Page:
If you’ve been listening to the likes of Iain Duncan Smith (IDS), Esther McVey, Lord Freud and of course David Cameron, you’ll be forgiven for thinking that everything in the disability garden was coming up roses.
They claim that the changes that they are making to the benefits system are all designed to help genuine disabled people get the financial assistance that they need, and at the same time weed out the imposters who are responsible for bankrupting this country [sic].
Well, we’ve all seen what their ‘weeding out’ processes can do, with a high percentage of disabled individuals having their Disability Living Allowance (DLA) and/or their Access to Work (ATW) payments stopped resulting in thousands of recorded deaths.
We’ve seen IDS caught out in his lies about the true cost of his cuts to benefits, and his flagship private enterprise company ATOS found guilty of the wrongful assessment of hundreds of thousands of disabled people, most of whom had their benefits reinstated when challenged through the court of appeal!
Surely it can’t get any worse? Well, I’m sorry to have to tell you, but it is. IDS and his cronies are now targeting many of the services and resources that disabled people rely on to find work, or to remain in work. These include the British Sign Language translation services which allow many Deaf people to engage in employment or to interact within the arts.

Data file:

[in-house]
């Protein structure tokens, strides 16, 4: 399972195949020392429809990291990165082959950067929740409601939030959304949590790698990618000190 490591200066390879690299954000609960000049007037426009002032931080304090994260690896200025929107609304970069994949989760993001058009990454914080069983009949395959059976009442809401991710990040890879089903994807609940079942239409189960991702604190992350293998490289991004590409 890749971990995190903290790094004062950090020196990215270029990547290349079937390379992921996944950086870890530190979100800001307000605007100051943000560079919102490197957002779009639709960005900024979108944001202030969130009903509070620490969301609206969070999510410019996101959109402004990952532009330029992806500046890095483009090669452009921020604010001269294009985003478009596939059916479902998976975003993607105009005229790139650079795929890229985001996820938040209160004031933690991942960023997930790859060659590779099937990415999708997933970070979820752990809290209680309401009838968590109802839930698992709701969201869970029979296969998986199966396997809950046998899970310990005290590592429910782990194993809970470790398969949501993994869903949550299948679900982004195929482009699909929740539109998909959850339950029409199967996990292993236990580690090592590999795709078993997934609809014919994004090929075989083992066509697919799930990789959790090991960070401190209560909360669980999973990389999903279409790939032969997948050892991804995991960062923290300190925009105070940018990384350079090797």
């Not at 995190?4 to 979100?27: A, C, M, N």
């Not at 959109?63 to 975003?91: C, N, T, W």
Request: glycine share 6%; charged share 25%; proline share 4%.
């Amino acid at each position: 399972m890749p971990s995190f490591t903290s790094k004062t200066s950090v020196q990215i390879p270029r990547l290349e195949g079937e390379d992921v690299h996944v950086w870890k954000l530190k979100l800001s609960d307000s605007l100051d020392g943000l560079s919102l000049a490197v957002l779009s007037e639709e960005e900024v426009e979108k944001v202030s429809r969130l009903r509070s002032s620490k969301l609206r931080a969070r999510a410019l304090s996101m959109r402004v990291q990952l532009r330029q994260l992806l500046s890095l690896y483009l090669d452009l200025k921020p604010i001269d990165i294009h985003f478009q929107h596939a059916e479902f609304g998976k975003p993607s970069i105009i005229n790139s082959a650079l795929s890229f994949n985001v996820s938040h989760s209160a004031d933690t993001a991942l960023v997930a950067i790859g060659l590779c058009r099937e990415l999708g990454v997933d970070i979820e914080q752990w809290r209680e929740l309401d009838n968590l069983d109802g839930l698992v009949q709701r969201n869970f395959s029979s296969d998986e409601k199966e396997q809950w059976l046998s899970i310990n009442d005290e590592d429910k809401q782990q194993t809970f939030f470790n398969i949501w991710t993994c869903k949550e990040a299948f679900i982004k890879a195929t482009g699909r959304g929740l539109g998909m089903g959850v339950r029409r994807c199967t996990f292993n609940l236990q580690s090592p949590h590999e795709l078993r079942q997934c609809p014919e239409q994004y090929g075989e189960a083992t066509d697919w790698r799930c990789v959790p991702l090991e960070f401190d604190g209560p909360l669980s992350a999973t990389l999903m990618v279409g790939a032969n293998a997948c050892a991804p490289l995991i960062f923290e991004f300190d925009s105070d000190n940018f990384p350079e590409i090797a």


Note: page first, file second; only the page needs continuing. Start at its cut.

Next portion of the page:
Speaking with some Deaf friends recently, one of them told me that they’ve had their entitlement to a sign language interpreter cut completely whilst at work. According to the ATW advisor who assessed their claim for a continuation of this service, the DWP was not in the habit of paying someone to do the job that the disabled person should have been doing!
No, I don’t get it either ...
Something that most disabled people have been aware of for some time now has been the change in attitude of the Access to Work benefits advisors.
Originally set up to assist disabled people to find work and then enable them to keep their jobs, these ATW staff seem hell bent on throwing up as many barriers as they can, rather than working with disabled people to remove them.
Now a whistleblower in the Department of Works and Pensions (DWP) has come out of the woodwork and told BBC News of a “cultural shift” within the Access to Work (ATW) department where he’s employed as an advisor.
He told the BBC reporter: “We were checking [applicants] rather than supporting. We weren’t asking ‘how can we help you?’ We were looking at how to possibly even try to catch you out or restrict you.”
BBC News has also obtained additional evidence suggesting the changes to the government's Access to Work programme is denying disabled people the chance to work rather than helping them into employment with the number of new successful applicants dropping by nearly 25%.
And all this time we thought it was just us ...
See Hear's programme investigating changes in the Access to Work scheme is available on BBC i-player until 23 November